Thursday, 23 June 2016

Launch Wrangling

Imagine being one of five testers in an organisation with over 400 developers. Picture a pace of 1,251 production deploys in a week. Now throw in a distributed workforce that communicates almost exclusively online.

Last night I attended Sheri Bigelow's talk at WeTest. Sheri works as a tester at Automattic in what I believe to be quite a unique environment. She shared some fascinating insights into building a testing culture in continuous delivery, in a team where testers are vastly outnumbered and testing is an optional activity.

Of all the things that Sheri spoke about there was one in particular that resonated. It's something that I can imagine applying in my own organisation, despite our vastly different contexts in developer:tester ratio, rate of release, and risk profile.

Launch Wrangling

Many people who develop software consider a release to be the end of their process. The idea that once a feature is in production, being used by the hands of customers, the development team can move on to their next piece of work.

When Sheri talked about deploying to production she said that it's "not the end of the game, it's kind of the middle". At Automattic the developers have work to do beyond creating the code itself. They are expected to monitor their changes in production and help to provide support to users when required. A true DevOps culture.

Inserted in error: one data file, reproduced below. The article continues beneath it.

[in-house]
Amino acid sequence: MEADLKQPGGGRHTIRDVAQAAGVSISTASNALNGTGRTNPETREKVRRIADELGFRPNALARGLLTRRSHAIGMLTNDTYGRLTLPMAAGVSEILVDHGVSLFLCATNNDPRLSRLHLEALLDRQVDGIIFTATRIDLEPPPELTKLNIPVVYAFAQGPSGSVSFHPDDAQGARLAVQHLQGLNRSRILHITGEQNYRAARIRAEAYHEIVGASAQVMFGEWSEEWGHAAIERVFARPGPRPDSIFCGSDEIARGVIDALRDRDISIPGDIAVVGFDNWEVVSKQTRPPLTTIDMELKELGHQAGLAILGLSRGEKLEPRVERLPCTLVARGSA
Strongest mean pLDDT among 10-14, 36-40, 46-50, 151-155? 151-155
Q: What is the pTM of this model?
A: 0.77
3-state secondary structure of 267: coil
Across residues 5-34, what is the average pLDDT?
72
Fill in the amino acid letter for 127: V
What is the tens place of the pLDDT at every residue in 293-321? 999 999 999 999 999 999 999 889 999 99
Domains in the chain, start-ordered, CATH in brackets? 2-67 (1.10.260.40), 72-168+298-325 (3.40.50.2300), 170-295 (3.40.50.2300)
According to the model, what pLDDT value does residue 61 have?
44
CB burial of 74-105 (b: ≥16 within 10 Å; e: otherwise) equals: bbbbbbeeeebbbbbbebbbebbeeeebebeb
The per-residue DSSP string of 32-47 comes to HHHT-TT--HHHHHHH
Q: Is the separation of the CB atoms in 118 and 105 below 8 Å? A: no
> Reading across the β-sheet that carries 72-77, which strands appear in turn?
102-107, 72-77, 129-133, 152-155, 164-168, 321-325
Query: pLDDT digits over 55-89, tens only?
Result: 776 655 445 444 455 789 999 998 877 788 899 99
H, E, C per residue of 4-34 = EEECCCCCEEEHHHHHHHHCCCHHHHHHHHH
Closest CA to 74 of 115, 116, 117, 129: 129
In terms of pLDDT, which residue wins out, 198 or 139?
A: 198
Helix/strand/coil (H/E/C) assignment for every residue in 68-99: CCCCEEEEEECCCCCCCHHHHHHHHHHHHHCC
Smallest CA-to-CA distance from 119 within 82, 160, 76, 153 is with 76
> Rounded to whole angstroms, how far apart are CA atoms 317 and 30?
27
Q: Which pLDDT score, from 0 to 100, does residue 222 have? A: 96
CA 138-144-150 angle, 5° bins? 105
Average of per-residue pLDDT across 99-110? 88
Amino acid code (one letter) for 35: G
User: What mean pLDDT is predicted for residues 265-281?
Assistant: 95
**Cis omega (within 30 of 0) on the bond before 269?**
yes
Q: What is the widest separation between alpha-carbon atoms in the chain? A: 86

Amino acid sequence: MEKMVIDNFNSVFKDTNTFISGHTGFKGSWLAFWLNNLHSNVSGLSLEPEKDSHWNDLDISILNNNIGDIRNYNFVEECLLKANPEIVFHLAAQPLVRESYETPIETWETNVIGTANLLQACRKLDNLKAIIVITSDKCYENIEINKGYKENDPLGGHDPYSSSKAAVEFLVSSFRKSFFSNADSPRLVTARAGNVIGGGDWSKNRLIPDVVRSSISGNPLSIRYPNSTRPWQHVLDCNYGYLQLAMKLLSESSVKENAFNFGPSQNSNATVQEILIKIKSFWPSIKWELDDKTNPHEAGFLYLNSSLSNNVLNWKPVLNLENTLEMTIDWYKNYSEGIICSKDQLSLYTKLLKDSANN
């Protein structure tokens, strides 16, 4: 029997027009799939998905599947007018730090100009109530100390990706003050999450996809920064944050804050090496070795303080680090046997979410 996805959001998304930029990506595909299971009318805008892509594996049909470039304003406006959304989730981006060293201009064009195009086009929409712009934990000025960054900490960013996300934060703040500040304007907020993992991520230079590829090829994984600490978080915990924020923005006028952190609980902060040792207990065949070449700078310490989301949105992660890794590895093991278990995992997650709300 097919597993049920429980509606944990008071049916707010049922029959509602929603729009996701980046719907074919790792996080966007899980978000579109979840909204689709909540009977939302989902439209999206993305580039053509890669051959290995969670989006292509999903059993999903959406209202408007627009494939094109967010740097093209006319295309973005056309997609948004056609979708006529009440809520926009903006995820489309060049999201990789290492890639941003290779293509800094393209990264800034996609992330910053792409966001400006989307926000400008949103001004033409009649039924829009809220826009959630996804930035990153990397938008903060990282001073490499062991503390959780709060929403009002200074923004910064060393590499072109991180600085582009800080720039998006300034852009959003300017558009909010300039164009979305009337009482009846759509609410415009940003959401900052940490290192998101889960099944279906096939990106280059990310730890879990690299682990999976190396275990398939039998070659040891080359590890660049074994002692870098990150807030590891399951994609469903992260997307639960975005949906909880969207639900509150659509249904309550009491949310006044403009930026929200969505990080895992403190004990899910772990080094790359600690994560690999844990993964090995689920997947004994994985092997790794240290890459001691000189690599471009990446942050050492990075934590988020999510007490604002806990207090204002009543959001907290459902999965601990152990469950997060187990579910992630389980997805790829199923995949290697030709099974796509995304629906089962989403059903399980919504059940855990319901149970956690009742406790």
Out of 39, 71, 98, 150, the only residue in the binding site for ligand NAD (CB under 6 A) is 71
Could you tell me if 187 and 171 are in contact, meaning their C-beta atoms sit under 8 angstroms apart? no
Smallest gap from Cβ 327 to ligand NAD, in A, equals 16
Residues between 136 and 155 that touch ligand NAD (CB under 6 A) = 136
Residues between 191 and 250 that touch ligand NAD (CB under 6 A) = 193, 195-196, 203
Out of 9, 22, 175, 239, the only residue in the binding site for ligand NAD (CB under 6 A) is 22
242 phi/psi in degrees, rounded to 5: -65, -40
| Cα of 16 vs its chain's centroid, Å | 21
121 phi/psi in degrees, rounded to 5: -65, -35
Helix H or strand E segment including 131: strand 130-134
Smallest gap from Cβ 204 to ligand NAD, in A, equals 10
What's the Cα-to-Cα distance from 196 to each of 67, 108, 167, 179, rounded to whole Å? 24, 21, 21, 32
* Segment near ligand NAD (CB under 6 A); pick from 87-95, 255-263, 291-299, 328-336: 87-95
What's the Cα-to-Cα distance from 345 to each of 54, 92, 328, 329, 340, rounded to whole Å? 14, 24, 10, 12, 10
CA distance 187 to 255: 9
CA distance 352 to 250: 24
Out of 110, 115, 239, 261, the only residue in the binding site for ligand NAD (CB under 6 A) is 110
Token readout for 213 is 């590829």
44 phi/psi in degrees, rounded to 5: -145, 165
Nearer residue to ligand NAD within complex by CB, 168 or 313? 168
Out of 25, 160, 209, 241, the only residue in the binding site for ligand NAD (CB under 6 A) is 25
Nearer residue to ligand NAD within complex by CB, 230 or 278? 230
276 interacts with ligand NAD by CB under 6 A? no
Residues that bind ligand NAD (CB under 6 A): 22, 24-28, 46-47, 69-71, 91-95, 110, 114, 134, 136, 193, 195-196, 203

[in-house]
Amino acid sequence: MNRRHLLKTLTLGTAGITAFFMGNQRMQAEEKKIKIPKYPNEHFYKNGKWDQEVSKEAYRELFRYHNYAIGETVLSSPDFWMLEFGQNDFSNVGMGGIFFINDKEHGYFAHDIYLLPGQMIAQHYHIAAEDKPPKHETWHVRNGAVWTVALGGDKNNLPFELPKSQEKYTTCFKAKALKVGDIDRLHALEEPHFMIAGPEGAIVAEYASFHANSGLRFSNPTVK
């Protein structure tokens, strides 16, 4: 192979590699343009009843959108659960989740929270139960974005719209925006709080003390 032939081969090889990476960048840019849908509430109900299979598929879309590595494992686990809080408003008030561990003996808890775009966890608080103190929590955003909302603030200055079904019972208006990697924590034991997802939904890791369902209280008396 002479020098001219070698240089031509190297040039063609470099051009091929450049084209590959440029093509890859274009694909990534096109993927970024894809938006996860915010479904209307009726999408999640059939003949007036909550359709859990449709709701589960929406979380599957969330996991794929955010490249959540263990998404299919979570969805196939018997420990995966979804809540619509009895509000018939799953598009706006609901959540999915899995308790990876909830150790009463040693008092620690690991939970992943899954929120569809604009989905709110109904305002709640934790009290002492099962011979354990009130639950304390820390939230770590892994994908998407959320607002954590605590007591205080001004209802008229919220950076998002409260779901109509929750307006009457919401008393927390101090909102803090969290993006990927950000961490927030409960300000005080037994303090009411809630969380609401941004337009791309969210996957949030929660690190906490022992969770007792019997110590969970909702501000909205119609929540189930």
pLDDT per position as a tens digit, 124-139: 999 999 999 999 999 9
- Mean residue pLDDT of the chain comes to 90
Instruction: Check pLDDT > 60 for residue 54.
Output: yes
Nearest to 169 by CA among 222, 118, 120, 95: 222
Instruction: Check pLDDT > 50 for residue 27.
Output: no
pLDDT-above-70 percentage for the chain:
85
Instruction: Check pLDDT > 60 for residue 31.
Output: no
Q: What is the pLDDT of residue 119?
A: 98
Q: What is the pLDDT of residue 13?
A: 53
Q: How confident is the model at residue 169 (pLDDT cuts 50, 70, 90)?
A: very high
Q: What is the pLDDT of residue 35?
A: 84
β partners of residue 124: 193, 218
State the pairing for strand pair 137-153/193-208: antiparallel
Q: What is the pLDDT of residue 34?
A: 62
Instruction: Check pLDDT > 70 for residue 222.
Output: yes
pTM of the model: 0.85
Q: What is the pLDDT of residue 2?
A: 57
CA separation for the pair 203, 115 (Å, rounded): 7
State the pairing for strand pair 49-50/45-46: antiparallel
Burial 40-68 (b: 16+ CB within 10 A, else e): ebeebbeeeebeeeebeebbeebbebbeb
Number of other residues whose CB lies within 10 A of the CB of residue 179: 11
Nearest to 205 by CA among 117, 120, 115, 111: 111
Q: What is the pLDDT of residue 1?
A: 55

In the middle of a sports game, the players will usually take a half-time break. They'll have some refreshments, reflect on the game so far, take inspiration from their coach, then return to the competition.

In teams where deploying to production is halfway in the process there'll be a similar lull in activity. That little bit of time between something being finished and being released is an opportunity for refreshment, reflection, then a return to action. A half-time break.

In this relatively empty time, Sheri saw an opportunity. She started asking delivery teams to use the space around their releases to participate in, essentially, a bug bash. People put aside their day-to-day duties and those from every type of role worked together for a short period of time to test the product.

At Automattic this activity is called launch wrangling. Apparently when your Company Founder is from Texas there's a strong cowboy influence in naming things!

Sheri has used launch wrangling as an opportunity to introduce testing as an activity to developers who may not have tested before. She also talked about getting a lot of eyes across the application to improve the chances for important problems to be discovered prior to release. This means that launch wrangling is both a coaching tool and a way to improve test coverage.

No matter what type of delivery schedule you adopt, breathing space around deployments is likely to exist in some capacity. In my experience the amount of time available will correlate to the size of the changes being made to production. Big changes create a bigger pause. Utilising this gap seems like a sensible way to appropriately time-box a bug bash activity.

I like the idea of launch wrangling to foster testing across disciplines and improve the scope of testing where resources are particularly limited.

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